At Chamber, Maarten Baas Burns Through Design’s Modern Past

THE DAILY PIC: By scorching an icon by Gerritt Rietveld, Baas moves beyond it.

2016-03-31-baas

(Photo by Fran Parente)

THE DAILY PIC (#1523): In 2000, when Maarten Baas came up with the idea of burning old furniture to give it new life as modern design, he launched one of the most compelling series of the new millennium. It reached its apotheosis, however, in the new chair I’m Pic-ing today, which was made for a group show curated by the photographer Andrew Zuckerman at Chamber design gallery in New York. It’s one thing to scorch a dumpy old club chair. It’s quite another to carbonize a Gerrit Rietveld Zig Zag, one of the signature pieces of 20th-century design. It’s an especially daring move given that Baas is Dutch and Rietveld is a god in the Netherlands.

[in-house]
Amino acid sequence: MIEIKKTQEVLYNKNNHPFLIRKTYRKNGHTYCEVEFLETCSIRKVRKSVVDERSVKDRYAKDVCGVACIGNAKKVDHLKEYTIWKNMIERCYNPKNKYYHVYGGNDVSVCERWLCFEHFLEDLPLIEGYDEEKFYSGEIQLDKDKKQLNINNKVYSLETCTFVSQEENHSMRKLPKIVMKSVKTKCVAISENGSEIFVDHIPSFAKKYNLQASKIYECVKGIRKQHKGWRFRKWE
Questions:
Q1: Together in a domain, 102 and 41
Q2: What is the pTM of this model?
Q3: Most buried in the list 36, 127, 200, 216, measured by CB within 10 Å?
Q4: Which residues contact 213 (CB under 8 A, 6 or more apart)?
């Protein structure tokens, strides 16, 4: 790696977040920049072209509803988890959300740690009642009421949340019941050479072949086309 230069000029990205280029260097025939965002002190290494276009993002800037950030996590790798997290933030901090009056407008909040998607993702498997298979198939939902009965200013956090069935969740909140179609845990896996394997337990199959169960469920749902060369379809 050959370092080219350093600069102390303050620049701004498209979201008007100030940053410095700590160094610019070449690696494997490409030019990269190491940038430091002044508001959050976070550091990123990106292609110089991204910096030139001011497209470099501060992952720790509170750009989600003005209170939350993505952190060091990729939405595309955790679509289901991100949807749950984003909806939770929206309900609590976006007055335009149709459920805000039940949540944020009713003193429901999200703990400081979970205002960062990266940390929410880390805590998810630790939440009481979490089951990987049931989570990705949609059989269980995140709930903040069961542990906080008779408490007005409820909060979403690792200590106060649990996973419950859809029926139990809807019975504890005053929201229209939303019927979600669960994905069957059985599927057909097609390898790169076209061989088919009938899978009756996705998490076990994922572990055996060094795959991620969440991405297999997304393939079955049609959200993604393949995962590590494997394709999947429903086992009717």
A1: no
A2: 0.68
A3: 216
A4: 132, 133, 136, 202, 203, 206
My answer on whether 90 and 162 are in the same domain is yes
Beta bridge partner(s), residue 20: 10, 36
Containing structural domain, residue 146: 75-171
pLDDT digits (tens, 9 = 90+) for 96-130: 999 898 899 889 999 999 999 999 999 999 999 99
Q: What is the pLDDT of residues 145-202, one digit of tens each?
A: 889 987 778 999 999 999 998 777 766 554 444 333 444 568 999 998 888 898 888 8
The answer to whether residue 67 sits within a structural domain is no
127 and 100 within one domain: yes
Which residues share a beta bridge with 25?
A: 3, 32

This means that Baas has gone beyond finding a new way to create a compelling surface and look, with a clever backstory. The modest symbolism in the earliest Where There’s Smoke pieces becomes almost a manifesto with this one: Designers need to adopt scorched-earth tactics to finally free themselves from the clichés of their modernist past.

Does the new piece show Baas doing that, or is it still caught in the orbit of the modern?

For a full survey of past Daily Pics visit blakegopnik.com/archive.


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